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Gary Johnston, co-chairman of the Roane County Tea Party, put Ron Bhalla, Chuck Fleischmann and Weston Wamp on the spot Thursday night.
“In front of you, you have a two-page document up there,” Johnston said.
The document was a pledge to repeal the Affordable Care Act, also known as Obamacare.
“Not only will I sign it, that was my very first vote in Congress was to vote to repeal Obamacare,” said Fleischmann, the incumbent in the 3rd Congressional District race, “and ladies and gentlemen, your congressman on this July 11, I pledge to you I will vote to repeal Obamacare again.”
His comments drew a resounding round of applause from the crowd at the Kingston Community Center.
“Mr. Bhalla, will you sign the pledge to repeal Obamacare?” Johnston asked.
“Yes, sir, I’m going to sign the pledge,” Bhalla responded.
Wamp said he’s not a fan of pledges, but he agreed to sign.
“Just to make you happy I won’t sign the pledge, but I’ll sign the pledge because I want to represent you in Congress, and I agree with what the pledge’s intent is,” said Wamp, whose comments also sparked applause from the crowd.
Bhalla, Fleischmann and Wamp are seeking the Republican nomination in the 3rd District. Scottie Mayfield is also seeking the nomination, but declined to attend the forum.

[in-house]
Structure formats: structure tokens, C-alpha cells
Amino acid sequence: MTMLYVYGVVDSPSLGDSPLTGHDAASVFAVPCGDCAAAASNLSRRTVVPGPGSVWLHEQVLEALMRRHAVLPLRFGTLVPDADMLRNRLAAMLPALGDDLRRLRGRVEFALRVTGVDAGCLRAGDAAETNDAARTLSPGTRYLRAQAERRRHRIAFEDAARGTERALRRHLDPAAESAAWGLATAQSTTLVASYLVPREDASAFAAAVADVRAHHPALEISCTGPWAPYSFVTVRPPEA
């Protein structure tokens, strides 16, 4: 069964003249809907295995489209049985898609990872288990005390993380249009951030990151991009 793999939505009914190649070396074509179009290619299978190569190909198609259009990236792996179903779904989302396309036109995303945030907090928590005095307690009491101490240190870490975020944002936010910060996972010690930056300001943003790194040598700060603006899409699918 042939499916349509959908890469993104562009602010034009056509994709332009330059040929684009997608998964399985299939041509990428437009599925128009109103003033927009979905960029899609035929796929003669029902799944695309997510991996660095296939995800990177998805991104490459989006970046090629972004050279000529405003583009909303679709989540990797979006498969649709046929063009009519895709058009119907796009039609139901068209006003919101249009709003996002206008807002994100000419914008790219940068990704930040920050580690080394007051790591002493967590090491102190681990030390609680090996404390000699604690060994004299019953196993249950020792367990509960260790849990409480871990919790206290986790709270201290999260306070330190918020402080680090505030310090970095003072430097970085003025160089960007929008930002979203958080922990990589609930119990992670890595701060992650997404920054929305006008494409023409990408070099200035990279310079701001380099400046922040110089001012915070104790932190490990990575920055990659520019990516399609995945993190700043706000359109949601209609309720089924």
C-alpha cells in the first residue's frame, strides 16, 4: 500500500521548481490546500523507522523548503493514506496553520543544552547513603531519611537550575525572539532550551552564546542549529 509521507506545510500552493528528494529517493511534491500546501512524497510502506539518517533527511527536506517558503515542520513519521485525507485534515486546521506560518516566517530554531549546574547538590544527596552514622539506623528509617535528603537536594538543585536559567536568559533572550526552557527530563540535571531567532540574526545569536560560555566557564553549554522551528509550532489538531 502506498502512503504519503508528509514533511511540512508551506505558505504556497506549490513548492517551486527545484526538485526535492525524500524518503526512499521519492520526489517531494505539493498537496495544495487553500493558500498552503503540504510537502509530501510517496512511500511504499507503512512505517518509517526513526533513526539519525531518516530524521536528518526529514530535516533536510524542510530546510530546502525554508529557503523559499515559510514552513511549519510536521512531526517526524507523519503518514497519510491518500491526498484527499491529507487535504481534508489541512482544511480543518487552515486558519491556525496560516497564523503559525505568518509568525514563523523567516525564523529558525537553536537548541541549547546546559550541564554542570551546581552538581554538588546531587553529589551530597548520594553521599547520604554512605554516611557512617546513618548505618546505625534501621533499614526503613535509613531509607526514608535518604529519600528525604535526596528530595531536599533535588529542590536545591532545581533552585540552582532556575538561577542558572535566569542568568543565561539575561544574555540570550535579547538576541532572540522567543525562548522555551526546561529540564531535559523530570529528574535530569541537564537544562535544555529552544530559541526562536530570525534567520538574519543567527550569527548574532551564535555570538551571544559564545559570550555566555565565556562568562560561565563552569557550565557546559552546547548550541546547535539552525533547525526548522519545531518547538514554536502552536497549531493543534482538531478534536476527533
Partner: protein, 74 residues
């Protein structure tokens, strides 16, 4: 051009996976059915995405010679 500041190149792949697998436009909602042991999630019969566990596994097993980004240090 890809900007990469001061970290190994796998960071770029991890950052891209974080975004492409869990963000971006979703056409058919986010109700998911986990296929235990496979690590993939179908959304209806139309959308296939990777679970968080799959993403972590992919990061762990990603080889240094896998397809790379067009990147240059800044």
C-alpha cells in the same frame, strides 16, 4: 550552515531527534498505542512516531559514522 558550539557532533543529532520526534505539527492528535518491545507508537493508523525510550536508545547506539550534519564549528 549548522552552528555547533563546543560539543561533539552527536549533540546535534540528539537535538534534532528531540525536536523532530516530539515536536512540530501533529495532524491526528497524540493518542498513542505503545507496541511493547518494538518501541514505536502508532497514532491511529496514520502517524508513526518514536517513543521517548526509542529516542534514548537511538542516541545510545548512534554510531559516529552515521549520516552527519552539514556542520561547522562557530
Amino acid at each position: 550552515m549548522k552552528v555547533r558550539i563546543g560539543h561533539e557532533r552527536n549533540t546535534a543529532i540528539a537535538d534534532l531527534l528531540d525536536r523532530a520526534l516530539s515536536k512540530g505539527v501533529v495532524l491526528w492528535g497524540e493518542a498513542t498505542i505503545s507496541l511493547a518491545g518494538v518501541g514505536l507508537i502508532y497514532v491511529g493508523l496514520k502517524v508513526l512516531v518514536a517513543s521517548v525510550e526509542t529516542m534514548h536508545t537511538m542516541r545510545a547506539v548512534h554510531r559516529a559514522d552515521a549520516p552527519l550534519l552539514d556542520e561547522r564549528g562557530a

When he appeared before the Tea Party last month, Mayfield said he didn’t believe in debating because its divisive.
“Mr. Mayfield is entitled to run his campaign the way he sees fit,” Fleischmann said. “He has decided throughout this race that he prefers not to debate, not to engage in forums. I respectfully think that’s a mistake, but that’s got to be his mistake and his choice.”
The forum did feature a little of the divisiveness that Mayfield said comes with such events.
Wamp accused Fleischmann of making a token vote against raising the debt ceiling to protect his hard-core conservative image.
“He voted yes to raise the debt ceiling in a very close, contested vote,” Wamp said. “Then a few days later was let off the hook, and the vote was not going to be close. To protect his re-election and his perception among people like y’all, he then voted no in what was really more of a symbolic vote than the first one was.”
Wamp also said Fleischmann made a “weak-kneed” yes vote to extend the payroll tax holiday. Wamp also accused Fleischmann of being too partisan.
“Congressman Fleischmann has voted with the Republican establishment in Washington somewhere along the lines of 97 percent of the time,” Wamp said. “I think he’s proud he’s done that and that’s his prerogative. I don’t know how you could possibly believe the establishment in Washington is right 97 percent of the time.”
After the forum, Fleischmann was asked if he had any response to Wamp’s comments.
“No,” Fleischmann said. “Let’s face it. I’m the proven conservative in the race. I’ve been voted among the top 25 most conservative members of Congress by independent groups. I have worked tirelessly for the past 18 months actually being a congressman.”
“The other folks in this race are nice people,” Fleischmann added. “They’ve got a lot of theories. I practice what I preach every day as a proven conservative.”
The primary is Aug. 2.
“I’m not running against Mr. Fleischmann,” Bhalla said. “I am running for my own platform. I’m just one of those people who have no faith or belief in the Congress.”
Bhalla came to America in 1979 from India. He said he wants to give power to the voters.
“Winning the debates, that’s not the answer,” he said. “The answer is we got to bring some reform in the system.”